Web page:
OpenNMS: A Study in Deployment - page 5
Why Do We Need a Systems Management Tool?
What are the key lessons we have learned? In no particular order:
- Address the provision of systems management in prioritized, manageable units of work. Don't try to do everything at once.
- Manage the rollout of your systems management application just like any other implementation. After all, availability and integrity of your management application should ideally exceed that of the most critical component that it manages.
- Get buy in from all the stakeholders in the process, from Management to Shift Operators.
- Think about who will use the tool. You probably don't want to send alerts regarding printer failures to your DBA team. Similarly it's probably not a good idea to send arcane messages about network topology changes to application support teams. Prioritize system alerts and trim out noise.
- Don't use it a stick to beat developers, network admin or systems admin staff. If your network management tool highlights a problem, use that information as a justification to provide the resources to fix it.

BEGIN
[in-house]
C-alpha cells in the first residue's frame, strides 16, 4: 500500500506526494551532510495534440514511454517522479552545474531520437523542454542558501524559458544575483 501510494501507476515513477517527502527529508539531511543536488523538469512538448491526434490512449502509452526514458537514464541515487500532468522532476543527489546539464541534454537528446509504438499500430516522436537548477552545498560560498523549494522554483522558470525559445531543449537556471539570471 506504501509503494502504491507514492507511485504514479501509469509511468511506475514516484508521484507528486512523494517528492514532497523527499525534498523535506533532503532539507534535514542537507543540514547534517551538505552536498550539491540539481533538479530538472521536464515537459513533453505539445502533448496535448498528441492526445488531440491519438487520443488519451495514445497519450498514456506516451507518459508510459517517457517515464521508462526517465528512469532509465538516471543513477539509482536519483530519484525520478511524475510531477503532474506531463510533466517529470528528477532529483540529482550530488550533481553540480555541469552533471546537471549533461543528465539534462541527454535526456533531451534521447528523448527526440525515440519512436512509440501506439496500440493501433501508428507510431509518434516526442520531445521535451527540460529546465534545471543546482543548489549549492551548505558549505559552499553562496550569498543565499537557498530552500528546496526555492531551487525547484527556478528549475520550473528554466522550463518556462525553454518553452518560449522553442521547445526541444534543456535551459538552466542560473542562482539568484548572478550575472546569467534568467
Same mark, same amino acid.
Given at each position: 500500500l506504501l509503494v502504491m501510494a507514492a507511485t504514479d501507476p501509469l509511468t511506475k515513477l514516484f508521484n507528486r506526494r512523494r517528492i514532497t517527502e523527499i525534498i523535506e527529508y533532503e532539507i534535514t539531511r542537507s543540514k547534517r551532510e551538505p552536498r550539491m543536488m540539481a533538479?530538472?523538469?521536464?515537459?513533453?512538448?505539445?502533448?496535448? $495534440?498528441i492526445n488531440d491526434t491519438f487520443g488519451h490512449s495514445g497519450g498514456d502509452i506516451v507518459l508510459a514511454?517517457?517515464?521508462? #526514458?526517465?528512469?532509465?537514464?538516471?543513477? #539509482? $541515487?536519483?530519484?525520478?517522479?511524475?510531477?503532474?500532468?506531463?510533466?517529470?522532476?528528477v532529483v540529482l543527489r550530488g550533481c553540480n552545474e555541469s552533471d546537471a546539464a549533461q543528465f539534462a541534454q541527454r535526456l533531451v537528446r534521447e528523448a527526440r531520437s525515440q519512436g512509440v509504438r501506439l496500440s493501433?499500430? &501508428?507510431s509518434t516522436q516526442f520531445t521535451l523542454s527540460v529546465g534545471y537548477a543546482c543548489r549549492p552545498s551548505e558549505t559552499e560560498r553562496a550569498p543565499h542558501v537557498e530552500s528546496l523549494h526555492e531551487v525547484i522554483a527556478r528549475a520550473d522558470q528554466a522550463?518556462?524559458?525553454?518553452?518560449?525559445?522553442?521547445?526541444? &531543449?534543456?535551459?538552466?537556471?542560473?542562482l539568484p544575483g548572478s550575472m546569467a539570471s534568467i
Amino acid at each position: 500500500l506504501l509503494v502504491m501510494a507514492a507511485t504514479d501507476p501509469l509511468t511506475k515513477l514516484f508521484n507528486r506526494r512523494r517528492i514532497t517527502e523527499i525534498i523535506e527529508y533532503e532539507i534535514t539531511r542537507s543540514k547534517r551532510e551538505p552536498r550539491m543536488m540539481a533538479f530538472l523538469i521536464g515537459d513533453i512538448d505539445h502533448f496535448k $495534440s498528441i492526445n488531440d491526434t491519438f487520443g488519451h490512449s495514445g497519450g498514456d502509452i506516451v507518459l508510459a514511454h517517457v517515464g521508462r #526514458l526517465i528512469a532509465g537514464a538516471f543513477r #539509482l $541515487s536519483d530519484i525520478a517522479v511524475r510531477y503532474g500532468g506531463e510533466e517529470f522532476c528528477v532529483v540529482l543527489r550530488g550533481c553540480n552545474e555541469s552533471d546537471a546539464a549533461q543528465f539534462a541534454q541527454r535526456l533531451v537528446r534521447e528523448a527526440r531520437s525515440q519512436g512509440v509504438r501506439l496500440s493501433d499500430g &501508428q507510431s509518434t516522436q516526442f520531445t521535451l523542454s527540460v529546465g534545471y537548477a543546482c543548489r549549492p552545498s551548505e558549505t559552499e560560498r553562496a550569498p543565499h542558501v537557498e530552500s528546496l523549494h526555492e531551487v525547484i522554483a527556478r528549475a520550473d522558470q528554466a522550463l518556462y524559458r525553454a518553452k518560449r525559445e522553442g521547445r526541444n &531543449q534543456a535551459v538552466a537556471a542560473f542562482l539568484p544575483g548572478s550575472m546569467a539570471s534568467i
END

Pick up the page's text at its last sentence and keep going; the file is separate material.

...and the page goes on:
- Do your research. Adopting an Open Source solution requires just as much rigor in the selection and evaluation process as a proprietary solution. By all means download your candidate solution and try it out, but don't allow a machine under a Systems Administrator's desk to become a mission critical component.
It's not been a totally smooth ride. We had repeated problems with memory leaks within the Java virtual machine (admittedly, not OpenNMS's fault). We also had a few nasty problems with corruption of OpenNMS's back-end database, which are now fixed. There were also a lot of "d'oh!" moments along the way, as we got up to speed with what is a pretty complex application. None of these problems ever seemed like show stoppers at the time. This had much to do with help extended by the development team and user community, to whom we extend our thanks.
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